It was during this tour that the band reached its pinnacle of rock and roll excess.  On September 23, 1990, the Tongue was scheduled to play a secret twin-kegger ‘homecoming' gig at the famous Palacio de Camino Pescadero in IV.  Foreshadowing the rave party formats popularized later in the 1990's, the Tongue kept the time and location of the gig secret from the media and law enforcement officials in order to avoid prosecution related to the lifetime performance ban meted out by the Isla Vista Proprietary Council in June of that year.

But word spread quickly through the party town and by the time the Tongue took the stage the place was packed with rowdy Tonguers.  As spotlights whirled and sirens wailed the Tongue mustered the full extent of its musical power and took the stage primed to blow some minds.

As with most Tongue endeavors, their best laid plans quickly went awry.  The Tongue had decided on a groundbreaking intoxication strategy.  Starting with Olde English 800's around noon, the band graduated to Jaeger shots and vodka jello cubes during the course of the afternoon and as the sun set on Del Playa they were ready for the final level of preparation.  Captain Leisure and Big Al took several strong muscle relaxants while Zuete and The Dog stoked their musical furnaces with some Blue Woodstock acid.

The intention of such an illicit formula was to create a powerful dichotomy of power chords and mysticism.  Fueled by the meth cut acid, The Dog and Zuete were playing in 12/4 time while the partially sedated Captain Leisure and Big Al were quite content to feel the beauty of 1/4 time.  It worked great, for a while.

The Tongue started with their staple concert starter, "Pick Song."  The crowd went wild and started rocking the stage uncontrollably.  Big Al would later recall that between the Percodan and all the bare breasts in the crowd he could barely remember to keep drumming.  No one seemed to notice.
As the band kicked into their second song, "Justine," all pieces of the puzzle were coming together.

"That version of 'Justine' was the most ass-kicking music the Tongue ever played, we just fucking rocked," Captain Leisure reminisced in a recent interview for an E! exclusive "Where are they now?" segment.

Suddenly, the place was swarming with cops, in a scene reminiscent of Chicago '68.

"People were screaming and throwing things and booing and there were bodies flying everywhere and it was total fucking chaos,"  Zuete recalls, "I remember thinking, 'damn, we're good'."

That night, 16 people were injured and 47 arrested as the IV Nazis on Bikes special community police patrol, acting on a tip from Jehovah's Witness secret informants, waded into the sea of bodies wielding blackjacks, nightsticks, pepper spray, and recordings of Roseanne's "Star-Spangled Banner."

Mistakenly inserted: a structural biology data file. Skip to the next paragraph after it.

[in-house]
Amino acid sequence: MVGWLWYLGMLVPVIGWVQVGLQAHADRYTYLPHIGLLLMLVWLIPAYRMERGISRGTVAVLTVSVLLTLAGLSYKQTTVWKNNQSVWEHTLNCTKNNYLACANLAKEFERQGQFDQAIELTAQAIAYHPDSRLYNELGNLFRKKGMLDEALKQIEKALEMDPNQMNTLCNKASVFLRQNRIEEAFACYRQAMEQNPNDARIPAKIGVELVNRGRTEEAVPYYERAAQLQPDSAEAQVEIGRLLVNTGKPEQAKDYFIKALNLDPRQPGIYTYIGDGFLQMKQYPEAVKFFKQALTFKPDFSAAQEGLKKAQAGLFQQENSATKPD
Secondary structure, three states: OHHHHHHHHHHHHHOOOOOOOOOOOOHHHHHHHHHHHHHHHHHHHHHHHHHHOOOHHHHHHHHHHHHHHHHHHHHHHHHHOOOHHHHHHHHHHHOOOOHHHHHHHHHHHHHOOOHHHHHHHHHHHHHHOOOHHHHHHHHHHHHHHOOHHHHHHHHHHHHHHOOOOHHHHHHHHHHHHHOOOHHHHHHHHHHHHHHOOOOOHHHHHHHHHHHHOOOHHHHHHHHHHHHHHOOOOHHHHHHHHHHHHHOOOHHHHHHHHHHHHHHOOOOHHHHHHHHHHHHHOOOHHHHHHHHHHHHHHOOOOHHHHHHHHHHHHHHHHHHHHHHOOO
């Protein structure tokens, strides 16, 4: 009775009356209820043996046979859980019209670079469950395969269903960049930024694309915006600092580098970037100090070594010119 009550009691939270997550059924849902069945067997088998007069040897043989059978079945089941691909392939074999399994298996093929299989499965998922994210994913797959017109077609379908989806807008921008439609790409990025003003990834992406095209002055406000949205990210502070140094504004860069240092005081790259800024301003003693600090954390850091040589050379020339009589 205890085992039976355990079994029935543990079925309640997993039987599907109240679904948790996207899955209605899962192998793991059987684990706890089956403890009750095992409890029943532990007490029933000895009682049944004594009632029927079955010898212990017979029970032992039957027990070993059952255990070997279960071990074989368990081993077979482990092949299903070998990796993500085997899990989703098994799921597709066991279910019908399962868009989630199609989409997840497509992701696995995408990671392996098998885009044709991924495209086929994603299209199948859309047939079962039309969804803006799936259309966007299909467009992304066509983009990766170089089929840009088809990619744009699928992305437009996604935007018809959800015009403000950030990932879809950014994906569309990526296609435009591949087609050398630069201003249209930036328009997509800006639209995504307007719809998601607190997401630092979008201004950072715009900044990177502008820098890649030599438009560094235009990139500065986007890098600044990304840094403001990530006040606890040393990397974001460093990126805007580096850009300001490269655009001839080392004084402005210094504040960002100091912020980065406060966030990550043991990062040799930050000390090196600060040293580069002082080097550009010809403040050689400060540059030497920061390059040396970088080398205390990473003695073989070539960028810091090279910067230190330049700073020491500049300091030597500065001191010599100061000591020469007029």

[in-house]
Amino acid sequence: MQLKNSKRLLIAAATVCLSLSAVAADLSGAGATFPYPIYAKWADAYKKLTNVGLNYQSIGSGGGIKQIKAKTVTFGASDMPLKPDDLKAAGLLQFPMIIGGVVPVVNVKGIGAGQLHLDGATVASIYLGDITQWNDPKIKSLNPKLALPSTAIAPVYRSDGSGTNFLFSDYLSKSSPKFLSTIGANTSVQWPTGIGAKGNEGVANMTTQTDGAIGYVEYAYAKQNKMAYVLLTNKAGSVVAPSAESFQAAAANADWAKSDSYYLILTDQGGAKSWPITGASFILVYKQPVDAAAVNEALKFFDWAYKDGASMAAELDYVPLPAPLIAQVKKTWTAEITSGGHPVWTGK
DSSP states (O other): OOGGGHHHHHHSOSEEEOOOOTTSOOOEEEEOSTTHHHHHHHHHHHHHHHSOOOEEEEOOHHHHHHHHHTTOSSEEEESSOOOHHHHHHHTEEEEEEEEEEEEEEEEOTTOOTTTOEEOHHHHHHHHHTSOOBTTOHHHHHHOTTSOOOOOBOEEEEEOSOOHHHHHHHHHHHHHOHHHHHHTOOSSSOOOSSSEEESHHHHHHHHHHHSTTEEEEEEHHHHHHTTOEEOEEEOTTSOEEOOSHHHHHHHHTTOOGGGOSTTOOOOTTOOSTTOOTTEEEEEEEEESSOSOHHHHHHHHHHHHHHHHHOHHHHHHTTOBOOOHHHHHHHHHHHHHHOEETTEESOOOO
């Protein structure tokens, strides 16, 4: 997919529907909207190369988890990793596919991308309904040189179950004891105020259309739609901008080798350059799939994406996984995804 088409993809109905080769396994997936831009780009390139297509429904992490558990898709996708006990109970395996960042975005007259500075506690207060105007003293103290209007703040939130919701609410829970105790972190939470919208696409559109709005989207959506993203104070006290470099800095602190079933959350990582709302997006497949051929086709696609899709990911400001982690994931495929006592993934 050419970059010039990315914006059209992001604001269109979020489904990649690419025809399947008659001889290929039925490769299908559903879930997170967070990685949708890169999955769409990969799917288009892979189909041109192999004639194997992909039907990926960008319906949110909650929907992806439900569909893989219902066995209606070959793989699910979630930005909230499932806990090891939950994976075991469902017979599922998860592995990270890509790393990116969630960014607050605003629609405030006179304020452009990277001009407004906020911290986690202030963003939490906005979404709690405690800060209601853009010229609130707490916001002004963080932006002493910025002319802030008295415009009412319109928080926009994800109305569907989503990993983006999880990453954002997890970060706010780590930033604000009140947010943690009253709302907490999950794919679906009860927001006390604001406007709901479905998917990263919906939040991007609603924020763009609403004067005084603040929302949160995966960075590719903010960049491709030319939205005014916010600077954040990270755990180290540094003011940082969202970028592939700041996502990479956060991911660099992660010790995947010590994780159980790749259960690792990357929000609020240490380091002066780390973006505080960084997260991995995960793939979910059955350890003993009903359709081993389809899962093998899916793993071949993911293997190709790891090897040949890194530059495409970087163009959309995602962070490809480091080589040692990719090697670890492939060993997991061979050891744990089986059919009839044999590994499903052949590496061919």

After an hour of head bashing and rib kicking, the crowd was dispersed and the stage torn apart.  The band, badly shaken and heavily tripped out, decided that it was the will of Jerry that they should play that night and set about looking for an alternative venue.

Hearing that Black Clothes and Pointy Shoes was playing a farewell concert in the coveted Center Courtyard of Chez Sara, the band was wisked away in their stretch bicycles after instructing their roadies to bring what was left of their equipment.

"You have to remember that by the time we got to Chez Sara we were tripping really hard.  What with the drugs, the music, the pepper spray and the Jaeger, we were pretty much out of our heads," the Dog explained from his plush San Francisco penthouse.  "Then, we get there and Black Clothes is not even trying to play music, they were just destroying a bunch of old musical instruments.  The sound was incredible and the sight of them beating a helpless violin with a trombone slide just blew us away."

The band quickly set up their instruments and played some lackluster versions of "Bolero" and "Virgin Vampyre Lover," but the energy was gone.

"I remember not even knowing what song we were playing.  My mind was fried and I was as much a spectator as anyone else there.  During "Bolero" I just tripped out on the all the pretty lights dancing off the faceplate of my bass," Zuete mused, "I was so wasted, in all respects."

Fortunately, pieces of this concert were recorded on tape and released as Tongue Over I.V., an album Rolling Stone said "should of been the grunge Framptom Comes Alive, but nobody in the world bought it, or even knew it existed."  The album has also become one rock's greatest legends due to the fact that half of the performance was lost when the band forgot to flip over the tape that they were using to record their performance.

After the tour, the band, burned out from the constant touring and high decibel levels took the next several years off.  In the summer of '92, they finally regrouped and recorded their farewell album, "Bleeding Into Ancient Evenings," which featured the band's bring-out-the-lighter epic "Bleeding."

The band toured once again, but it would be for the last time.  Deciding that it was better to quit before they actually learned to play their instruments, the Tongue declared their wild ride over in the fall of 1992.

"We didn't want to become just one of those bands out there who could actually play their instruments," The Dog told MTV's Kurt Loder when the decision was announced, "everyone else can do that shit, but that's what sets us apart.  Actually learning how to play would have been against the original spirit of the band, and we'd rather die then sell out."